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Extracting Unique Elements From a List

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You want to eliminate duplicate values from a list.


There are several possible solutions for this problem. Here are some of these:

Using lists:usort

The lists module contains a wealth of list processing functionality. One possible solution to this problem is to use the lists:usort function, which takes a list and returns a sorted copy of the original list, with all duplicates removed:

1> UL = [1,2,8,7,8,10,3,12,3,99,188,3,2,1,3,5,15,72].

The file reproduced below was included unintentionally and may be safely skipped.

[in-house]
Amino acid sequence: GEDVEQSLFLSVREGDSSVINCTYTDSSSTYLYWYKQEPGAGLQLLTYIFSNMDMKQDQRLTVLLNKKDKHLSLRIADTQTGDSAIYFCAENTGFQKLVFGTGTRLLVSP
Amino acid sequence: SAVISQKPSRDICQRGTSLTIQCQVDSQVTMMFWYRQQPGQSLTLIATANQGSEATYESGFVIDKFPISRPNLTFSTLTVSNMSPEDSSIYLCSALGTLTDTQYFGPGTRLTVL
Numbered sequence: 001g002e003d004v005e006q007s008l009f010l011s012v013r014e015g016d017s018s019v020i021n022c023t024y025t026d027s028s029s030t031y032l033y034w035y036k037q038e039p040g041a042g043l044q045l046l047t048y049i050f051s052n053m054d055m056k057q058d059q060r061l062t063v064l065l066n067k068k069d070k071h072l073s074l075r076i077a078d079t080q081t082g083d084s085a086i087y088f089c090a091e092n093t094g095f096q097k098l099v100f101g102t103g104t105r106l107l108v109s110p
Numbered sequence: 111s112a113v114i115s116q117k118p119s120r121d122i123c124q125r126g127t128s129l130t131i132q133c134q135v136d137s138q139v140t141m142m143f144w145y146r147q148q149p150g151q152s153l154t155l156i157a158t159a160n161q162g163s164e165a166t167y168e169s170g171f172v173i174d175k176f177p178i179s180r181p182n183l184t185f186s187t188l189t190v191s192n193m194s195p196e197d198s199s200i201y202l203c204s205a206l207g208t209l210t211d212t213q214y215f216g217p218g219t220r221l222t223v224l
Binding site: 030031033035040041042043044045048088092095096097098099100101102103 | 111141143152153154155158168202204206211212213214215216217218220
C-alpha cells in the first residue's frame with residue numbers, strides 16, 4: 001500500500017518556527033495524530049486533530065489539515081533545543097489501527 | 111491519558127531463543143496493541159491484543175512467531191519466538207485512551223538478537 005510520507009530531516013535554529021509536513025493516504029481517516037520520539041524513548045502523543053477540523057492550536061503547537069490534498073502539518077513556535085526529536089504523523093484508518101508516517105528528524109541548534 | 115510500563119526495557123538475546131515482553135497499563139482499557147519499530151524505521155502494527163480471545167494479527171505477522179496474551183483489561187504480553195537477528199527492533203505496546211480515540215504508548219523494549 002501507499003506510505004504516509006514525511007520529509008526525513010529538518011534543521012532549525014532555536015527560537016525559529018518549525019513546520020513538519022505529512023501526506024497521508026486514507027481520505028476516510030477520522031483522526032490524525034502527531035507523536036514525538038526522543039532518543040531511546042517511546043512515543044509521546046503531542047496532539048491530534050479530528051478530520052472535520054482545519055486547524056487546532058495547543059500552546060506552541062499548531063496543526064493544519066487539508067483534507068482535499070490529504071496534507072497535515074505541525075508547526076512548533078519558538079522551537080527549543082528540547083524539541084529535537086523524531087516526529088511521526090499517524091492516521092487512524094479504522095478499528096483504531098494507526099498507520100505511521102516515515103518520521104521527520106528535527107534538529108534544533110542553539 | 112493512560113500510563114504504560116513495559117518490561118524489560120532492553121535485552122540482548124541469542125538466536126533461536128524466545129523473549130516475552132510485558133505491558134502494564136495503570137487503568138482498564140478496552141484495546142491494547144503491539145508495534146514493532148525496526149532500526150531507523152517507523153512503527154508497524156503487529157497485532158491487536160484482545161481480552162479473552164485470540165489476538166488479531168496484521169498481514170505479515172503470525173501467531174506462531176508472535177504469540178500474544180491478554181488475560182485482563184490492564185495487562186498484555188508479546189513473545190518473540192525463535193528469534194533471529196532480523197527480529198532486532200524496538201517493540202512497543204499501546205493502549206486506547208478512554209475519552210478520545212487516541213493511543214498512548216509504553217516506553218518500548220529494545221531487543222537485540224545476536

2> lists:usort(UL).

Using the sets Module

Erlang standard libraries includes a module, sets, with a variety of functions related to generating, creating, and manipulating mathematical sets.

10> Set = sets:from_list(UL).
11> sets:to_list(Set).

Note that sets:to_list(sets:from_list(L)) produces an unreliably arranged list.

Using a General Balanced Tree Set (gb_set)

Erlang's standard libraries includes an implementation of Professor Arne Andersson's General Balanced Trees. These structures are more costly than sorting lists for small sets, but this is a much more efficient implementation when working with large sets of data.

The gb_set:from_list function will produce an ordered set of elements (dropping duplicates). The set can then be extracted back to a list for other use:

3> GBSet = gb_sets:from_list(UL).
4> gb_sets:to_list(GBSet).